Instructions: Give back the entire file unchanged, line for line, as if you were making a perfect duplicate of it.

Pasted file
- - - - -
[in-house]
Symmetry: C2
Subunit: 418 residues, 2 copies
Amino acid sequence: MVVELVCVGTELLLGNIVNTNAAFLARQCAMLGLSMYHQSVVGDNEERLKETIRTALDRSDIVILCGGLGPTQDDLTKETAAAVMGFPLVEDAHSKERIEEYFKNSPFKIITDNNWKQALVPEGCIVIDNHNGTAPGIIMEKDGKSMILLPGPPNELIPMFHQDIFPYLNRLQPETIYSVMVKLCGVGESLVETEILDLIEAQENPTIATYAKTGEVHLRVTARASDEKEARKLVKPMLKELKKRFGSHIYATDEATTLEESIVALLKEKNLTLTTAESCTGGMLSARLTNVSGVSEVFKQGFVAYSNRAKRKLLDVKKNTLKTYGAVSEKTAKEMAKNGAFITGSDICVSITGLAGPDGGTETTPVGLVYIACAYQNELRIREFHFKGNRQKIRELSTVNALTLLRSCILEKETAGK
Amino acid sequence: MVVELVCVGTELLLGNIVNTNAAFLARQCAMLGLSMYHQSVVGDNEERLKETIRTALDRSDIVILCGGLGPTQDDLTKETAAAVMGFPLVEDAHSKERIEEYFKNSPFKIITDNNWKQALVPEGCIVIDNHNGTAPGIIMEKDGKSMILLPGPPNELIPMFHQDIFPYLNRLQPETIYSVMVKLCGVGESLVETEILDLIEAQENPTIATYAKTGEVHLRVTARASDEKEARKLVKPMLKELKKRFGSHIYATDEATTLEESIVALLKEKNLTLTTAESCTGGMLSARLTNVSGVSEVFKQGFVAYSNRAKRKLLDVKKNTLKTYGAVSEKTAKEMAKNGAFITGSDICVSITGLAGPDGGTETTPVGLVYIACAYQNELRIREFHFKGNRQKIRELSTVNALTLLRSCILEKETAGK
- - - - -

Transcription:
[in-house]
Symmetry: C2
Subunit: 418 residues, 2 copies
Amino acid sequence: MVVELVCVGTELLLGNIVNTNAAFLARQCAMLGLSMYHQSVVGDNEERLKETIRTALDRSDIVILCGGLGPTQDDLTKETAAAVMGFPLVEDAHSKERIEEYFKNSPFKIITDNNWKQALVPEGCIVIDNHNGTAPGIIMEKDGKSMILLPGPPNELIPMFHQDIFPYLNRLQPETIYSVMVKLCGVGESLVETEILDLIEAQENPTIATYAKTGEVHLRVTARASDEKEARKLVKPMLKELKKRFGSHIYATDEATTLEESIVALLKEKNLTLTTAESCTGGMLSARLTNVSGVSEVFKQGFVAYSNRAKRKLLDVKKNTLKTYGAVSEKTAKEMAKNGAFITGSDICVSITGLAGPDGGTETTPVGLVYIACAYQNELRIREFHFKGNRQKIRELSTVNALTLLRSCILEKETAGK
Amino acid sequence: MVVELVCVGTELLLGNIVNTNAAFLARQCAMLGLSMYHQSVVGDNEERLKETIRTALDRSDIVILCGGLGPTQDDLTKETAAAVMGFPLVEDAHSKERIEEYFKNSPFKIITDNNWKQALVPEGCIVIDNHNGTAPGIIMEKDGKSMILLPGPPNELIPMFHQDIFPYLNRLQPETIYSVMVKLCGVGESLVETEILDLIEAQENPTIATYAKTGEVHLRVTARASDEKEARKLVKPMLKELKKRFGSHIYATDEATTLEESIVALLKEKNLTLTTAESCTGGMLSARLTNVSGVSEVFKQGFVAYSNRAKRKLLDVKKNTLKTYGAVSEKTAKEMAKNGAFITGSDICVSITGLAGPDGGTETTPVGLVYIACAYQNELRIREFHFKGNRQKIRELSTVNALTLLRSCILEKETAGK